| The item exhibited here is commonly called a sword. The more accurate name is hanger. A hanger was a sword with a short blade that measured about two feet in length on average. The hanger could have a single blade edge or, in some cases, a double blade edge. A hanger with a single blade edge might be either triangular, elliptical or diamond shaped in cross-section. Regardless of the cross-section shape, a hanger possessing a single blade edge would have been stronger than a double edged one. The hanger's hilt (i.e. the portion which was grasped by the hand) generally consisted of a double-lobed (variously, clam-shell shaped) or heart-shaped brass counterguard, connected to an egg-shaped pommel by a knuckle guard. The grip was often carved from wood, and bound in metallic thread or foil.
The hanger exhibited here is of the 1760 pattern. The date of 1760 refers to the year in which the design was introduced for use in the British Army. The straight blade measures twenty-five and one-half inches in length, from the clam-shell counterguard to the tip. The knuckle guard, including the bow and quillon, was removed ~ simply cut off ~ by an owner who probably found it obstructive. Cutting off the knuckle guard was a more common practice than one might assume. In 1796 a new pattern, without the knuckle guard, was introduced and standardized. Owners of the older sword, who still used it, sometimes cut off the knuckle guard to make it conform to the new standard. This example shows the bare wood of the grasp exposed. It is ribbed, without the original silver foil covering that would have encased it. Wear and tear on the edge of the crack in the wood grasp reveals use long after the crack had formed.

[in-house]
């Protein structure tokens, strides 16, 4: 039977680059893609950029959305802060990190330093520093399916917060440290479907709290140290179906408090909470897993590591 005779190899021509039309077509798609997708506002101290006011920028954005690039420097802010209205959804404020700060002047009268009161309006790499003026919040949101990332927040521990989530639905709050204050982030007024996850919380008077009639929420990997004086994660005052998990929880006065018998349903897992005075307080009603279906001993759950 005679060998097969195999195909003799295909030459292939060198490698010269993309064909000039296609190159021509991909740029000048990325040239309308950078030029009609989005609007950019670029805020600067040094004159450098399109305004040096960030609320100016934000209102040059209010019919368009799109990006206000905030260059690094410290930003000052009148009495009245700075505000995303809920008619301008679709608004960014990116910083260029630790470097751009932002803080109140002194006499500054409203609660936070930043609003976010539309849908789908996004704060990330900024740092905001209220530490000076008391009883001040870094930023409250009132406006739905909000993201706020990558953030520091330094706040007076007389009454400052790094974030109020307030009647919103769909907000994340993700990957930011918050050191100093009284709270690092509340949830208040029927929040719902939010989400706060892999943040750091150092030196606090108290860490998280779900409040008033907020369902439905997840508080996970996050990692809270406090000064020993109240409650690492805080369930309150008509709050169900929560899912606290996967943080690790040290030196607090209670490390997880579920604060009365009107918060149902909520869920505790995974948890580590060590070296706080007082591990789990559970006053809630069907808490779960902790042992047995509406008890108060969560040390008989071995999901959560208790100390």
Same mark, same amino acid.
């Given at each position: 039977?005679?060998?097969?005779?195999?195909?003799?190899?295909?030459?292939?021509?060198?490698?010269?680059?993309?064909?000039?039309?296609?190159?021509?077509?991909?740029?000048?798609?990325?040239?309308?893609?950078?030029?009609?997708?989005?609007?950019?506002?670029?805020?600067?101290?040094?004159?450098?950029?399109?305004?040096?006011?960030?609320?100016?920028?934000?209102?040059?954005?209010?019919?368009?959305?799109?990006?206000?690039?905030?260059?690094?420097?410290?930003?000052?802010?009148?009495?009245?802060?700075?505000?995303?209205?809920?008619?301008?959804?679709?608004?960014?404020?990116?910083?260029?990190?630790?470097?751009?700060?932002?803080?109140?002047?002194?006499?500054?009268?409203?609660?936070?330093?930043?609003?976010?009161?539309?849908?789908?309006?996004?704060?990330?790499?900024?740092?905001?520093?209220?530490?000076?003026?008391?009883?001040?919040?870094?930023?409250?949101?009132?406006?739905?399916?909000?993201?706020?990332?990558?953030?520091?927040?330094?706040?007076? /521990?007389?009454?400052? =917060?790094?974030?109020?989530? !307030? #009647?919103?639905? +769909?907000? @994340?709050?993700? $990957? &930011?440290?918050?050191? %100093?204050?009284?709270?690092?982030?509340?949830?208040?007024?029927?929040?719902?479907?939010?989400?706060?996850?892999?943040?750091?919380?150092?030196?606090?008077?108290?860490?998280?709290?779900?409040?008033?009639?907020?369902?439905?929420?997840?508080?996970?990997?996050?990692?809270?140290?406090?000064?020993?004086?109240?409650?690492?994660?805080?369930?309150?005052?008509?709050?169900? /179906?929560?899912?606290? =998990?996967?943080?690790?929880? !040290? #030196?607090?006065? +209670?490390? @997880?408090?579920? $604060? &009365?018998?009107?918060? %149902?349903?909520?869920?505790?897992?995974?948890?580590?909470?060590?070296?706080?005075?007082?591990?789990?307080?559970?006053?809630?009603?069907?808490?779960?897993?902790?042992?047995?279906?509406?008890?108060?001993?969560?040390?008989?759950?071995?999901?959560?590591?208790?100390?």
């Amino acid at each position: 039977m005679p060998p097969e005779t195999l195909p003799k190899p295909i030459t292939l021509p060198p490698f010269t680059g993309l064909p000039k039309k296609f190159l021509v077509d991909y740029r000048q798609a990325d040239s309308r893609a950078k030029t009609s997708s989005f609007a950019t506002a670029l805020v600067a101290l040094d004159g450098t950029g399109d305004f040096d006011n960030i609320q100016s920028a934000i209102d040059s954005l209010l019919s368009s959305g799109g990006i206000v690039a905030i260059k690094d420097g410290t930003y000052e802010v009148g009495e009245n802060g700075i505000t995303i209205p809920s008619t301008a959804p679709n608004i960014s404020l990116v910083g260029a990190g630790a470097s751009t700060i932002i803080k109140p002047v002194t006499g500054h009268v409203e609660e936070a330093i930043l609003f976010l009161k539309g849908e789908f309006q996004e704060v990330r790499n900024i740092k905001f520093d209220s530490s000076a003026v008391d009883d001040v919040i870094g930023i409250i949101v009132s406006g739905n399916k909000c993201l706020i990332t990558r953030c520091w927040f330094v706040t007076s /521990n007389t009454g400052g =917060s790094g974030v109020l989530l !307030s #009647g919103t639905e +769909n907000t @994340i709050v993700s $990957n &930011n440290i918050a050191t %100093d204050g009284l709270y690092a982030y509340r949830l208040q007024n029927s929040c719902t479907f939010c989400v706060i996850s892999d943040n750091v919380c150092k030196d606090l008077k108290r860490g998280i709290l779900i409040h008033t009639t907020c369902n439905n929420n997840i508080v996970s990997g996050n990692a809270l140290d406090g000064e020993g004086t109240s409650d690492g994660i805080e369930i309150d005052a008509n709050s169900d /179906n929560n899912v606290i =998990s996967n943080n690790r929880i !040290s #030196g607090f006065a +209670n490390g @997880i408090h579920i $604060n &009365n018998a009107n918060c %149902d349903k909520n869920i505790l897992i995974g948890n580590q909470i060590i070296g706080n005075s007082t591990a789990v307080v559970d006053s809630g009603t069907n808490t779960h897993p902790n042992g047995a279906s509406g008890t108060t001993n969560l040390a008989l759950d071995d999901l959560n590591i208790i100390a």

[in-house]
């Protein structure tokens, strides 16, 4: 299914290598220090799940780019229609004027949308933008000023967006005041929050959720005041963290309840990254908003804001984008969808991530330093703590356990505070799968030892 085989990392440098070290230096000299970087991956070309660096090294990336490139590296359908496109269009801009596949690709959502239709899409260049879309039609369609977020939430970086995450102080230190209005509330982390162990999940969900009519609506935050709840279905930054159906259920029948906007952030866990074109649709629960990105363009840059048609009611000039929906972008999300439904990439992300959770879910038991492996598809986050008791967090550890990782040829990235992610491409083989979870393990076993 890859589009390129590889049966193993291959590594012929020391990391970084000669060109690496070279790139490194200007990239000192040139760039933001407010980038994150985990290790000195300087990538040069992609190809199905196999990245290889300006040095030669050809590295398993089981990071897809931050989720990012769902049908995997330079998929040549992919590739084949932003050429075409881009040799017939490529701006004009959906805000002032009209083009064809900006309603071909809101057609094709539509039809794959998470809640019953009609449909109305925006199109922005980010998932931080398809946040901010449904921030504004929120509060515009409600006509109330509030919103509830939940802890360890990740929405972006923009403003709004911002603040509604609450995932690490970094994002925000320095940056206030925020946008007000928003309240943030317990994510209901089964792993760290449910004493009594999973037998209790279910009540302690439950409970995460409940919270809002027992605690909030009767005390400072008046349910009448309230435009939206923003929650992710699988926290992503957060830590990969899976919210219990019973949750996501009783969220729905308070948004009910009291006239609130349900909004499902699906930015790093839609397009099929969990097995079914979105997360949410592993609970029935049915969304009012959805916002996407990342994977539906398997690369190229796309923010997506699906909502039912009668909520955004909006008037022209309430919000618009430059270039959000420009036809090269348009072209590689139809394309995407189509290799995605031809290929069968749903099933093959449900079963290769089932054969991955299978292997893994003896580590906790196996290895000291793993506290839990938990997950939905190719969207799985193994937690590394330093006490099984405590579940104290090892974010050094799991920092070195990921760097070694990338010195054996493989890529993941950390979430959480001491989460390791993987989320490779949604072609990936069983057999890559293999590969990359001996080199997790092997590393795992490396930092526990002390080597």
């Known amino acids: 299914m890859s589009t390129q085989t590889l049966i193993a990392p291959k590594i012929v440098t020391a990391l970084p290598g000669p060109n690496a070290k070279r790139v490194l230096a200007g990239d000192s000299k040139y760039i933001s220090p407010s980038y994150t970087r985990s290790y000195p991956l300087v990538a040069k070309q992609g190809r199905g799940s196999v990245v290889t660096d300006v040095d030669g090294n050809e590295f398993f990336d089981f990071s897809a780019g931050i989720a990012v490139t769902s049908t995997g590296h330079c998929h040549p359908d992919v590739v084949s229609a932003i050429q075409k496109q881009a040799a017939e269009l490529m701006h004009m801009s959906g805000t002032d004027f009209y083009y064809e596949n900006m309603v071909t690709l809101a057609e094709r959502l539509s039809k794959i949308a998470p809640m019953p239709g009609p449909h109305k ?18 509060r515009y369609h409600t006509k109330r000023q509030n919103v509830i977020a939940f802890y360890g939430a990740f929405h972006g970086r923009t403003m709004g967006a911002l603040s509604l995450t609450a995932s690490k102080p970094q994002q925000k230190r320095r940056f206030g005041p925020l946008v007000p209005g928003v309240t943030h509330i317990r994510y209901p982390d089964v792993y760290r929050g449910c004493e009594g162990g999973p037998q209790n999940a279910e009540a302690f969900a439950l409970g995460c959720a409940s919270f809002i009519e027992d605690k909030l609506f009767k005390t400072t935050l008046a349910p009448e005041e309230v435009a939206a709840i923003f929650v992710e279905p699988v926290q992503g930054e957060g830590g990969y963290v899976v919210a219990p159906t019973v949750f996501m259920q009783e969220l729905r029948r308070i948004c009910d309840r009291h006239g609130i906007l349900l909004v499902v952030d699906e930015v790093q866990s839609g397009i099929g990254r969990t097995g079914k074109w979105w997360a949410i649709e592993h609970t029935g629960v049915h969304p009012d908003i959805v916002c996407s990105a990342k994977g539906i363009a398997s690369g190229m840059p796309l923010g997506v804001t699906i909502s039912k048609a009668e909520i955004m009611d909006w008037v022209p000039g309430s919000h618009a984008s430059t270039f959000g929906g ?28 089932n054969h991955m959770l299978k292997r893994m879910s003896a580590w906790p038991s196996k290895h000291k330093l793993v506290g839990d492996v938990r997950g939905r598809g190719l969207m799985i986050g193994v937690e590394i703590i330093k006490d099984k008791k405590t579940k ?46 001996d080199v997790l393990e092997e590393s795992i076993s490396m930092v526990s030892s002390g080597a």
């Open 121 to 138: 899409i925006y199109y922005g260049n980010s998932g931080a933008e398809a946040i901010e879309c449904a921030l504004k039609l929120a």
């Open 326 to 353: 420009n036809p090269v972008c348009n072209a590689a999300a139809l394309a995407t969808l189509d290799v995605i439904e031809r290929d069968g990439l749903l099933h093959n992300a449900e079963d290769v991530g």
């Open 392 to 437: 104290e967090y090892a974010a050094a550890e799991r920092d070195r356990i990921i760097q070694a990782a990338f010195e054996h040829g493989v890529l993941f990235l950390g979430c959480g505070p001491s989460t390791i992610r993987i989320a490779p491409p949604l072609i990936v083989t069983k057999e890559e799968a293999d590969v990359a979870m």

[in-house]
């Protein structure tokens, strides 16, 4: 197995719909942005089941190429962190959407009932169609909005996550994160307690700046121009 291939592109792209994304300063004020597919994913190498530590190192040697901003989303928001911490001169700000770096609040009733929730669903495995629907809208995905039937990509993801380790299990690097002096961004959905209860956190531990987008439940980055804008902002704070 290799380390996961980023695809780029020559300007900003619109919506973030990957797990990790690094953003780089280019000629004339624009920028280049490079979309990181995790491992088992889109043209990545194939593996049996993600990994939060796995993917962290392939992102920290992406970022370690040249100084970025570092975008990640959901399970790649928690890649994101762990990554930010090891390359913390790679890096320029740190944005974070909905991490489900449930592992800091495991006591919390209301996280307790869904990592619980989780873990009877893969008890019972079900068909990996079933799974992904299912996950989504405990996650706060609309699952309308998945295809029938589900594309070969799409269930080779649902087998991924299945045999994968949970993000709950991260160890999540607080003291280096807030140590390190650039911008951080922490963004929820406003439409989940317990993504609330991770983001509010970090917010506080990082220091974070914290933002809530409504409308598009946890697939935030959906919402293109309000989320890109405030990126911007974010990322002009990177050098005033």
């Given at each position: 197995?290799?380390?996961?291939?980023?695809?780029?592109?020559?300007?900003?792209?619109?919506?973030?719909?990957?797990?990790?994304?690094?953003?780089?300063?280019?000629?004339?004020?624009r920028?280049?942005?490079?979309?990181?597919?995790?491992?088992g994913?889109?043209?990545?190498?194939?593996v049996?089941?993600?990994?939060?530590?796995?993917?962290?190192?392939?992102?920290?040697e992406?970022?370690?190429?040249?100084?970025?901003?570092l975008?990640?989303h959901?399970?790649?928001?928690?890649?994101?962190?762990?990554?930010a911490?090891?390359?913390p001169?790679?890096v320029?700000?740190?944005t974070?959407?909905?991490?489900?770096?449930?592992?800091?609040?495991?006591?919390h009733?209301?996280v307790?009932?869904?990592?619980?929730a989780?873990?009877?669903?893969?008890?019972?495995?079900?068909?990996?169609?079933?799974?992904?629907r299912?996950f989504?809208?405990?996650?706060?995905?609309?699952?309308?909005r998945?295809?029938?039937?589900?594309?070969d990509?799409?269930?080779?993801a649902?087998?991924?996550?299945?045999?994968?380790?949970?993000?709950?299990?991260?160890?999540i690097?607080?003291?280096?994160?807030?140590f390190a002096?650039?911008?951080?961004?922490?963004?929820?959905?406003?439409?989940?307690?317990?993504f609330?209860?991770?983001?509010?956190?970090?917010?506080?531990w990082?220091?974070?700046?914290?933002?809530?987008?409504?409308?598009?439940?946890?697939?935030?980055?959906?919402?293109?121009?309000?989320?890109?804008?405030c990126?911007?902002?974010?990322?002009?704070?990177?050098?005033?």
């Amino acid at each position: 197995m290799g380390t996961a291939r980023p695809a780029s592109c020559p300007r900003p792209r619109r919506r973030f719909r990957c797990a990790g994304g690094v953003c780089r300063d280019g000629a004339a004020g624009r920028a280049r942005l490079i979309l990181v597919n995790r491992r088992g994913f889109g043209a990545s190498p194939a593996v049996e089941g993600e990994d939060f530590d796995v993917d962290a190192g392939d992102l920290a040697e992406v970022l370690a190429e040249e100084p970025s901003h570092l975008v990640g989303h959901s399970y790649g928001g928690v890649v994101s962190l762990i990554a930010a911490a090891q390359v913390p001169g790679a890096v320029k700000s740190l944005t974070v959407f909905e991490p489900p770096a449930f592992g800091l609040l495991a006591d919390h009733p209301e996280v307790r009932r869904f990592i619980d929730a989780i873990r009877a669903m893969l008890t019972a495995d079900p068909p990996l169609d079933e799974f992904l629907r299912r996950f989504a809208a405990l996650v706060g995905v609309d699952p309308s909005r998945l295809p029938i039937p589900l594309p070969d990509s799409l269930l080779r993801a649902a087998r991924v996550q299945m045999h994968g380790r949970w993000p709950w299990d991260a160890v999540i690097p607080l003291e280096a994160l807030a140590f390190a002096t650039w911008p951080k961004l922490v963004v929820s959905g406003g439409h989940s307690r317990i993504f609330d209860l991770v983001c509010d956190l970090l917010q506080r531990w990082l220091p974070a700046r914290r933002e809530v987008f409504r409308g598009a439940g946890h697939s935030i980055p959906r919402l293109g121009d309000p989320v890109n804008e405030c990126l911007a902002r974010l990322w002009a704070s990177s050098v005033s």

The seller of this sword noted that swords of this type were found throughout New England during the 1950s and 60s, having been stashed away in attics for many years. They were commonly referred to as corn crib swords, alluding to many of them being found in out-buildings.